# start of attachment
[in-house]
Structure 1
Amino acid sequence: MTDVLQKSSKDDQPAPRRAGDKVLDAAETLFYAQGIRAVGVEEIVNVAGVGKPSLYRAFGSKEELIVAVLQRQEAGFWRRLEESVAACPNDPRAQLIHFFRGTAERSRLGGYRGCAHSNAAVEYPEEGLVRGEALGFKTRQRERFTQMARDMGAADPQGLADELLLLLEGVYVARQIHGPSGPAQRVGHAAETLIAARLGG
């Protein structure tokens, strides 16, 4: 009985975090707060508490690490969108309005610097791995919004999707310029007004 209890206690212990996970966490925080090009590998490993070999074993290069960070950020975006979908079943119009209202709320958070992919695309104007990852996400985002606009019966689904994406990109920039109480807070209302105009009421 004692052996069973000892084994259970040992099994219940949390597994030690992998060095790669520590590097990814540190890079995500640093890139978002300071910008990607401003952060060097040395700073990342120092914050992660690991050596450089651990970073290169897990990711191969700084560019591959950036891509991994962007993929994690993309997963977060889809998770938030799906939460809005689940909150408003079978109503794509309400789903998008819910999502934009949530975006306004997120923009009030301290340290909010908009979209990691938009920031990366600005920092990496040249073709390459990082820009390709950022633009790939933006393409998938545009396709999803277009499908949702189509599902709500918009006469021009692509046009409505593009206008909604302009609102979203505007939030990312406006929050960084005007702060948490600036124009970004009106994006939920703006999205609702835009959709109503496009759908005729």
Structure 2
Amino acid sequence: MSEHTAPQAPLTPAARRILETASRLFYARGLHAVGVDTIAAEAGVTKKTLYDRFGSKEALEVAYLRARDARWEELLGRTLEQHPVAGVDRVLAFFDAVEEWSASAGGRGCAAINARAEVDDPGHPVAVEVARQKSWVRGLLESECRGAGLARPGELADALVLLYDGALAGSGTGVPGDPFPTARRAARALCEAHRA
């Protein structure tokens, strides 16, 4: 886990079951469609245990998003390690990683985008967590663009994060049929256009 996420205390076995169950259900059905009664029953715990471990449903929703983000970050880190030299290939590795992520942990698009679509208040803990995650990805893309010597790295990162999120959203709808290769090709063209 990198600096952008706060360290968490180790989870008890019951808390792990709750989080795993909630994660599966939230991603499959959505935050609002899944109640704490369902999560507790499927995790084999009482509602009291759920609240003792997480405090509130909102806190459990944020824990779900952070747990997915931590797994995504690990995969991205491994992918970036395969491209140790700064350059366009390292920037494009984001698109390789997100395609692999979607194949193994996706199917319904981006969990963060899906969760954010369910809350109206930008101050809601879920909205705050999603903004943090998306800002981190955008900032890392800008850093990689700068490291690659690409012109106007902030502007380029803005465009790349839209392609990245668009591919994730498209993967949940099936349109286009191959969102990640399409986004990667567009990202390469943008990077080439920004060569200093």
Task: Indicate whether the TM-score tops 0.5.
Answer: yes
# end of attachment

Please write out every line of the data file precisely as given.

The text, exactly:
[in-house]
Structure 1
Amino acid sequence: MTDVLQKSSKDDQPAPRRAGDKVLDAAETLFYAQGIRAVGVEEIVNVAGVGKPSLYRAFGSKEELIVAVLQRQEAGFWRRLEESVAACPNDPRAQLIHFFRGTAERSRLGGYRGCAHSNAAVEYPEEGLVRGEALGFKTRQRERFTQMARDMGAADPQGLADELLLLLEGVYVARQIHGPSGPAQRVGHAAETLIAARLGG
């Protein structure tokens, strides 16, 4: 009985975090707060508490690490969108309005610097791995919004999707310029007004 209890206690212990996970966490925080090009590998490993070999074993290069960070950020975006979908079943119009209202709320958070992919695309104007990852996400985002606009019966689904994406990109920039109480807070209302105009009421 004692052996069973000892084994259970040992099994219940949390597994030690992998060095790669520590590097990814540190890079995500640093890139978002300071910008990607401003952060060097040395700073990342120092914050992660690991050596450089651990970073290169897990990711191969700084560019591959950036891509991994962007993929994690993309997963977060889809998770938030799906939460809005689940909150408003079978109503794509309400789903998008819910999502934009949530975006306004997120923009009030301290340290909010908009979209990691938009920031990366600005920092990496040249073709390459990082820009390709950022633009790939933006393409998938545009396709999803277009499908949702189509599902709500918009006469021009692509046009409505593009206008909604302009609102979203505007939030990312406006929050960084005007702060948490600036124009970004009106994006939920703006999205609702835009959709109503496009759908005729």
Structure 2
Amino acid sequence: MSEHTAPQAPLTPAARRILETASRLFYARGLHAVGVDTIAAEAGVTKKTLYDRFGSKEALEVAYLRARDARWEELLGRTLEQHPVAGVDRVLAFFDAVEEWSASAGGRGCAAINARAEVDDPGHPVAVEVARQKSWVRGLLESECRGAGLARPGELADALVLLYDGALAGSGTGVPGDPFPTARRAARALCEAHRA
């Protein structure tokens, strides 16, 4: 886990079951469609245990998003390690990683985008967590663009994060049929256009 996420205390076995169950259900059905009664029953715990471990449903929703983000970050880190030299290939590795992520942990698009679509208040803990995650990805893309010597790295990162999120959203709808290769090709063209 990198600096952008706060360290968490180790989870008890019951808390792990709750989080795993909630994660599966939230991603499959959505935050609002899944109640704490369902999560507790499927995790084999009482509602009291759920609240003792997480405090509130909102806190459990944020824990779900952070747990997915931590797994995504690990995969991205491994992918970036395969491209140790700064350059366009390292920037494009984001698109390789997100395609692999979607194949193994996706199917319904981006969990963060899906969760954010369910809350109206930008101050809601879920909205705050999603903004943090998306800002981190955008900032890392800008850093990689700068490291690659690409012109106007902030502007380029803005465009790349839209392609990245668009591919994730498209993967949940099936349109286009191959969102990640399409986004990667567009990202390469943008990077080439920004060569200093």
Task: Indicate whether the TM-score tops 0.5.
Answer: yes